|Andrew Brown and the rest of the Paladins are shooting for Furman's|
first SoCon Tournament title since 1980. Photo courtesy of Furman
They probably won't hear, "its coaches weren't even born yet," but that's nearly the case for Furman coach Bob Richey and his staff. Only assistant Jimmie Williams was alive when the Paladins last made the NCAA field. And as a three-week old on March 6, 1980, he may have very well been napping through all of Furman's first round loss to Tennessee that year.
In a season of "firsts" for Furman, it hopes to add first Southern Conference Tournament championship in 39 years to the list. That quest begins in the SoCon quarterfinals Saturday night at 8:30 p.m. in Asheville when the third-seeded Paladins go for their eighth consecutive win against No. 6 seed Mercer.
While Furman (24-6, 13-5) posted 13- and 11-point wins over Mercer (11-19, 6-12) in the regular season, Richey knows none of those prior wins in the series will matter come tip-off of Saturday's last quarterfinal.
"We will have our hands full. Everybody's got new life. ... You're not going to go win a championship on Saturday night," Richey said. "You've just got to go play your best, stick with your formula and find freedom in that. Those are the teams that do well this time of year.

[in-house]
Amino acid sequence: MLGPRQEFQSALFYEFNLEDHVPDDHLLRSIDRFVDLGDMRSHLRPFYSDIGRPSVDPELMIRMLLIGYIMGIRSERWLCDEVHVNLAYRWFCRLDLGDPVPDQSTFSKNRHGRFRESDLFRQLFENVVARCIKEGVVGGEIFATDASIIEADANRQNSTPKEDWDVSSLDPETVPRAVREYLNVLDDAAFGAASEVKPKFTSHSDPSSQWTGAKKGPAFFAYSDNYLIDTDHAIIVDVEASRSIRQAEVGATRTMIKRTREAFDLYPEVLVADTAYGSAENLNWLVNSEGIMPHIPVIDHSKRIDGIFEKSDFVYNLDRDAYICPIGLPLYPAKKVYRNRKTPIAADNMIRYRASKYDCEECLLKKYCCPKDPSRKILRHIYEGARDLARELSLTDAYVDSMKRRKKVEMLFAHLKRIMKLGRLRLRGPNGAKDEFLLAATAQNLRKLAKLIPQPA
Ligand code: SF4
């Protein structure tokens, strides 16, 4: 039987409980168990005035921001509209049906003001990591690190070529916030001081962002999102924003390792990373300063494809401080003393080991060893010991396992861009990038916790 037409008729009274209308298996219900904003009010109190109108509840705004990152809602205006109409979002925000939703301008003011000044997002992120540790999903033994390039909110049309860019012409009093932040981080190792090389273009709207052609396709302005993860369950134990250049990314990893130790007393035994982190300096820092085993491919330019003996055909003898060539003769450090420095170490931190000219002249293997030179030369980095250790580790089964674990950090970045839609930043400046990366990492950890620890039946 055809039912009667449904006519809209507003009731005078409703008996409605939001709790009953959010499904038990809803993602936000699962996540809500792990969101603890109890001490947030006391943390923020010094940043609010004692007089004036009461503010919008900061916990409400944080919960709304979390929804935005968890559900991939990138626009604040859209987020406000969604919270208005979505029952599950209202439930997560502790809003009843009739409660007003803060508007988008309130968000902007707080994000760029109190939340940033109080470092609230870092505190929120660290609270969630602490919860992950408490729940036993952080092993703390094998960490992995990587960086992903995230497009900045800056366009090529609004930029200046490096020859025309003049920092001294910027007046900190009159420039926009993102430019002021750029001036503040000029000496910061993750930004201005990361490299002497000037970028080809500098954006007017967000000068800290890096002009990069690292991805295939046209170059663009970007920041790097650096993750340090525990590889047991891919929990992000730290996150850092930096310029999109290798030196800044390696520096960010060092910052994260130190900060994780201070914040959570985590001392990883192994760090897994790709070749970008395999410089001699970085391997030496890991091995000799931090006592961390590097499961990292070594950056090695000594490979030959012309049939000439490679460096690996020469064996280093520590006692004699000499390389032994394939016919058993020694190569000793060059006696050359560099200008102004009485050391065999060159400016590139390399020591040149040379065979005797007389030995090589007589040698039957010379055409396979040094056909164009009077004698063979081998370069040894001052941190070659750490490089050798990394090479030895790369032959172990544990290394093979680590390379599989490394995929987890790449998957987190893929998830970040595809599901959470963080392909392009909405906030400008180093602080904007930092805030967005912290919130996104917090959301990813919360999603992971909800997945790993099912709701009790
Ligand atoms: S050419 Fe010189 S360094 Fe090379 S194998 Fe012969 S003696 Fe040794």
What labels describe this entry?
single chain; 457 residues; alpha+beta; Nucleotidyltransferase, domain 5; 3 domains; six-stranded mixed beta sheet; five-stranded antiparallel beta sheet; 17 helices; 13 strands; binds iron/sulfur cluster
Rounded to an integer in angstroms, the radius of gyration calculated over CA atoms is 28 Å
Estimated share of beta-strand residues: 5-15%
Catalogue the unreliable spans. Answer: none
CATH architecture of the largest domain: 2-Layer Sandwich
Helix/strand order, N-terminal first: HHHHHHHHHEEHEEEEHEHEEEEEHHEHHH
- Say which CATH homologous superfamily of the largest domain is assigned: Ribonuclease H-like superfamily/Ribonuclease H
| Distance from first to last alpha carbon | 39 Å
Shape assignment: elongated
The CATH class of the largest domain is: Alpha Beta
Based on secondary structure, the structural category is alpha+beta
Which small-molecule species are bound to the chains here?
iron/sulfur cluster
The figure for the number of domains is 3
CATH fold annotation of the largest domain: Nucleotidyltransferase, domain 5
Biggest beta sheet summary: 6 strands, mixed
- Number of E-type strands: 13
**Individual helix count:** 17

"Inside all of the noise and pressure, can you find freedom? The way you find freedom is by getting closer to playing to your identity and just trusting that that's enough."
As part of the "big four" that helped the SoCon receive national acclaim this season, Furman may be more prepared than ever before for the pressures and hype of a postseason conference tournament. The Paladins helped start that national buzz way back in a four-game, nine-day stretch in November.
Clay Mounce's dunk in the final seconds lifted Furman to a 62-60 win at 2018 Final Four participant Loyola in Chicago on Nov. 9. That replay was seen all over ESPN. Four days later, Furman blew a 14-point lead against Gardner-Webb, only to pull out an 88-86 win in overtime. That marked the Paladins' first overtime win in eight years.